Describe compliance and proportionality measures, in particular: what is your lawful basis for processing? Does the processing actually achieve your purpose? Is there another way to achieve the same outcome? How will you prevent function creep? How will you ensure data quality and data minimisation? What information will you give individuals? How will you help to support their rights? What measures do you take to ensure processors comply? How do you safeguard any international transfers?
To achieve data quality we suggest using your HRIS as a source of information and performing regular updates (ie. weekly or monthly - depending on your rate of staff turnover). This way, if an employee’s details change, they need only to update their information on your internal HR system, and those updates would be pushed out to us on a regular basis.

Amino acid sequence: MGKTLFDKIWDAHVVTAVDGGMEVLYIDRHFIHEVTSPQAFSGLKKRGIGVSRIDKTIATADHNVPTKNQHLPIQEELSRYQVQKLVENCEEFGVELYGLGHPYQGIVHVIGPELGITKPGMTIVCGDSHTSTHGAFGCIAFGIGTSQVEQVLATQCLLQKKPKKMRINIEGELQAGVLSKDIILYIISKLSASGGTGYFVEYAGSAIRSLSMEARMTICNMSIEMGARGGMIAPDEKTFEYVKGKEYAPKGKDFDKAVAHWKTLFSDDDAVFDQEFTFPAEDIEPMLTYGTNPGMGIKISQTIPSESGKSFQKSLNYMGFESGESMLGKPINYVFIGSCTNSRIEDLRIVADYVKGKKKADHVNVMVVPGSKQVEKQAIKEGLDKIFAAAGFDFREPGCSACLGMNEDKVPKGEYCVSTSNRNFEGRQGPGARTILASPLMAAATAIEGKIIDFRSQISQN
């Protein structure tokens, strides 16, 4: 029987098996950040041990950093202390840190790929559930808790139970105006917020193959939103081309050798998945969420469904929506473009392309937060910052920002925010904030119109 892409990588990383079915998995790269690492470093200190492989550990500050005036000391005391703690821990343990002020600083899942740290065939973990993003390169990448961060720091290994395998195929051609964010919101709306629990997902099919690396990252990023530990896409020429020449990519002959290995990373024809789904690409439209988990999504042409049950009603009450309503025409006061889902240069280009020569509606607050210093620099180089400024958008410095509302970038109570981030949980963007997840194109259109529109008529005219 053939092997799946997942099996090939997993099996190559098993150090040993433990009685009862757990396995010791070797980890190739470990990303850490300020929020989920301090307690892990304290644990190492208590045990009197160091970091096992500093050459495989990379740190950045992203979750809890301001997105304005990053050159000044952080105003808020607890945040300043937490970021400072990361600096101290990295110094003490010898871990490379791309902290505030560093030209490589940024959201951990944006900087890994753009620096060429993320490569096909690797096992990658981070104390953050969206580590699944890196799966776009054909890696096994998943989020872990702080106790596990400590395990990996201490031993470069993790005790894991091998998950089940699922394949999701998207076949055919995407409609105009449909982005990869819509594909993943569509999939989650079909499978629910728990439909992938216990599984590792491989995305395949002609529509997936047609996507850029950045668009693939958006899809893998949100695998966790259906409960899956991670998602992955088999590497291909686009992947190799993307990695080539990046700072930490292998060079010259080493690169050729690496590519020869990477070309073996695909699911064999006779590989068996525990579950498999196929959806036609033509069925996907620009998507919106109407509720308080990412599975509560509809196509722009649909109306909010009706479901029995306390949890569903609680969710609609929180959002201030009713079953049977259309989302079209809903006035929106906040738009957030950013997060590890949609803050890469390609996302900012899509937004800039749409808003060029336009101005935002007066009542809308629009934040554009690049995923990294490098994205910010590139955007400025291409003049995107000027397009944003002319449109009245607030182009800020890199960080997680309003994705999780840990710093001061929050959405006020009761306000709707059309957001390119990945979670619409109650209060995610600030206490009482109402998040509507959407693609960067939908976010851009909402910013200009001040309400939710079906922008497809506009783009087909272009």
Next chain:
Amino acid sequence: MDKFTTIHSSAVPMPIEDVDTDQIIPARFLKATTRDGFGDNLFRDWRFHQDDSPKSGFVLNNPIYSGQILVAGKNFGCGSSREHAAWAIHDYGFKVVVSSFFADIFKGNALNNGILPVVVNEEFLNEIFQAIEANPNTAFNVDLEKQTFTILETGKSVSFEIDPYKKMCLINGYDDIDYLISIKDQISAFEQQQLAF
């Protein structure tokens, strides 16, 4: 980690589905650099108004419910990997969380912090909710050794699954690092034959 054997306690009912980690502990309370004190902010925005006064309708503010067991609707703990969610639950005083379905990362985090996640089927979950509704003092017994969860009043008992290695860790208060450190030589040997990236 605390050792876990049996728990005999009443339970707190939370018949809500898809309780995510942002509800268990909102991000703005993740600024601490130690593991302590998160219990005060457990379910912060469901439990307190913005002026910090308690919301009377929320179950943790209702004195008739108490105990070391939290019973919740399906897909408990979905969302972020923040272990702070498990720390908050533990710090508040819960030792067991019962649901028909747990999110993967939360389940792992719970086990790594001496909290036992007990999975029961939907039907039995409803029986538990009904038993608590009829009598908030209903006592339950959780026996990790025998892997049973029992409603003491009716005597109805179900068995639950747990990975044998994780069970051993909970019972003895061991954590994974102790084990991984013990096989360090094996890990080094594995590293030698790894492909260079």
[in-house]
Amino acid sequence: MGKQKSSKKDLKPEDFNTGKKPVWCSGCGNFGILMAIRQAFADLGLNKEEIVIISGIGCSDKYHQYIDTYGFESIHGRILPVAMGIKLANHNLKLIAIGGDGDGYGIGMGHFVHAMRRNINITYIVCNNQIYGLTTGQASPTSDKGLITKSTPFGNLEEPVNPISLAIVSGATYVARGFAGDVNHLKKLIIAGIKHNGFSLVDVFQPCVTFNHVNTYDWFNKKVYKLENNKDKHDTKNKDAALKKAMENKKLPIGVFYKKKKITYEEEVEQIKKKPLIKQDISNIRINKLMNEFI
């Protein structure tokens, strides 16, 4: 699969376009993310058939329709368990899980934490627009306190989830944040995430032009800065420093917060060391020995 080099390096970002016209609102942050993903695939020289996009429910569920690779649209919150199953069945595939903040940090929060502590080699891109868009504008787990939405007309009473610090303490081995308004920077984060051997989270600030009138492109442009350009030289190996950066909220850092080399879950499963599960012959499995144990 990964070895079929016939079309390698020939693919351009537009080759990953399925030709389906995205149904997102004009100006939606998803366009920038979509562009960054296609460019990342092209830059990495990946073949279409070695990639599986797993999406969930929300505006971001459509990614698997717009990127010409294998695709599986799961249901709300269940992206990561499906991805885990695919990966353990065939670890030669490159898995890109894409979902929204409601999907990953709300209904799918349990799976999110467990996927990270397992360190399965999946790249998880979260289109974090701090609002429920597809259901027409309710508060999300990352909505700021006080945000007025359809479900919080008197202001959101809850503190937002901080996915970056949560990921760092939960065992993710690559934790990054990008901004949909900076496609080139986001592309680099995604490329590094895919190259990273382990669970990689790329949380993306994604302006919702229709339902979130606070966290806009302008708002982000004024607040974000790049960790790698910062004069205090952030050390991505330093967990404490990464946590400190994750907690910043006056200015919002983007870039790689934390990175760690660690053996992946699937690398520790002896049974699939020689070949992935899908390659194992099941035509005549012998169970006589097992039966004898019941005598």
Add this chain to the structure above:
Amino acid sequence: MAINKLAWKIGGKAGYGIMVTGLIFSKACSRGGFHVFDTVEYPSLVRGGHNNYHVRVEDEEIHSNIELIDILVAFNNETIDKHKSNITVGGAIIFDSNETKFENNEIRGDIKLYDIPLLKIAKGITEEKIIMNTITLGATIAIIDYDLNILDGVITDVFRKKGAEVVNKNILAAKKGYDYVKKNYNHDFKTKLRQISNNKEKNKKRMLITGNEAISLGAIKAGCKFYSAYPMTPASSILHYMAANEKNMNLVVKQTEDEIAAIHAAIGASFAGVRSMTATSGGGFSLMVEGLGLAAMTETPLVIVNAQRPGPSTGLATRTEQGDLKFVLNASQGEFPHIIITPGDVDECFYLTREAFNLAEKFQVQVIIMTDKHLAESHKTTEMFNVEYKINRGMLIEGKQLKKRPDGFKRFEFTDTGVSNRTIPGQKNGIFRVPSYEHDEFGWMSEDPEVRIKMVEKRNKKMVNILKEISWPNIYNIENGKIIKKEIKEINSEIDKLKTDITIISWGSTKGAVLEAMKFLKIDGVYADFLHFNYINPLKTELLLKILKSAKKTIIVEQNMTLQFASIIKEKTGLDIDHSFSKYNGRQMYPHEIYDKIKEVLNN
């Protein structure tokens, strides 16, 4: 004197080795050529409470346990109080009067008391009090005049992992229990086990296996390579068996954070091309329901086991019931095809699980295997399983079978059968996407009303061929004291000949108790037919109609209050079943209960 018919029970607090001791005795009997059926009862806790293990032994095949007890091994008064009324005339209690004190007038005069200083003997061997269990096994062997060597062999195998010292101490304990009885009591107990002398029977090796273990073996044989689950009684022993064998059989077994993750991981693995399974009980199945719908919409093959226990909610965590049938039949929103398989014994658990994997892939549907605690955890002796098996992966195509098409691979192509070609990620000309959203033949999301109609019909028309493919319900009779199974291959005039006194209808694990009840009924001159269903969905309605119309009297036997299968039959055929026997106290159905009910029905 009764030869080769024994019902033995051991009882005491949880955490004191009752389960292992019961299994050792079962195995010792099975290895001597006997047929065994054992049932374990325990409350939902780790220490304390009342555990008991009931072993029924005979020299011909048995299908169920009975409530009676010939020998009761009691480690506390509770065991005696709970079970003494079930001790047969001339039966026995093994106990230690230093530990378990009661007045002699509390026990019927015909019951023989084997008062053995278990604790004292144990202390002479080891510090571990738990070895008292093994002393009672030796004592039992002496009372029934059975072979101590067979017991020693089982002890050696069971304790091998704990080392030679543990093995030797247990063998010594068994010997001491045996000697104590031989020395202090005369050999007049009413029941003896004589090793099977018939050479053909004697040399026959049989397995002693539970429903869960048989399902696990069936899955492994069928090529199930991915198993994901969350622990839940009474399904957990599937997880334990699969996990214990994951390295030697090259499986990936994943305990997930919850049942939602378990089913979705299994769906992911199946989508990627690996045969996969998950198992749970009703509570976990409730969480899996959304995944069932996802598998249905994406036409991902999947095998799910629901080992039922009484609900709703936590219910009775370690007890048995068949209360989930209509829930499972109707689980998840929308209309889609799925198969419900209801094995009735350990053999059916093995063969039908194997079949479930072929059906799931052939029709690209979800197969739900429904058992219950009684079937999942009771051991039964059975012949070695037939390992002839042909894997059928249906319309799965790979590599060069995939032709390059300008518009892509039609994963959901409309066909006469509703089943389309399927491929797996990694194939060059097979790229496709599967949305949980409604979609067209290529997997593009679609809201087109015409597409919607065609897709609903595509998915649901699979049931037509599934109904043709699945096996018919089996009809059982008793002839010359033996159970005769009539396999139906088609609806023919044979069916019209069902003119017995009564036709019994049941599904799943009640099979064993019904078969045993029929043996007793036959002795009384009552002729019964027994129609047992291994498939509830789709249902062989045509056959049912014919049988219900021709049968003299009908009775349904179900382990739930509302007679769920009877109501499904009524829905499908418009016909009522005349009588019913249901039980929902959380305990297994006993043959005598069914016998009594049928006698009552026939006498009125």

Our Data Protection Agreement (rg.co/agreements) binds us to follow security procedures and organisational standards, as well as various required legal clauses that all processors must comply with under GDPR.
We publish a Privacy Notice on each of our programmes which is visible at all times in the footer and is highlighted at any point of data collection. However this Privacy Notice does not cover the data collection and transfer of ‘Customer Personal Data’ to Reward Gateway - that is the responsibility of our customers.
We provide ways in which our members can control their data while using Reward Gateway, such as updating their details in their Profile and exercising their right to access and erasure through self-service tools we have built.
We do use sub-processors too, and some of them are based in the United States of America. You can see details of those, including how we secure that transfer on the Sub-Processors Information document, at rg.co/agreements.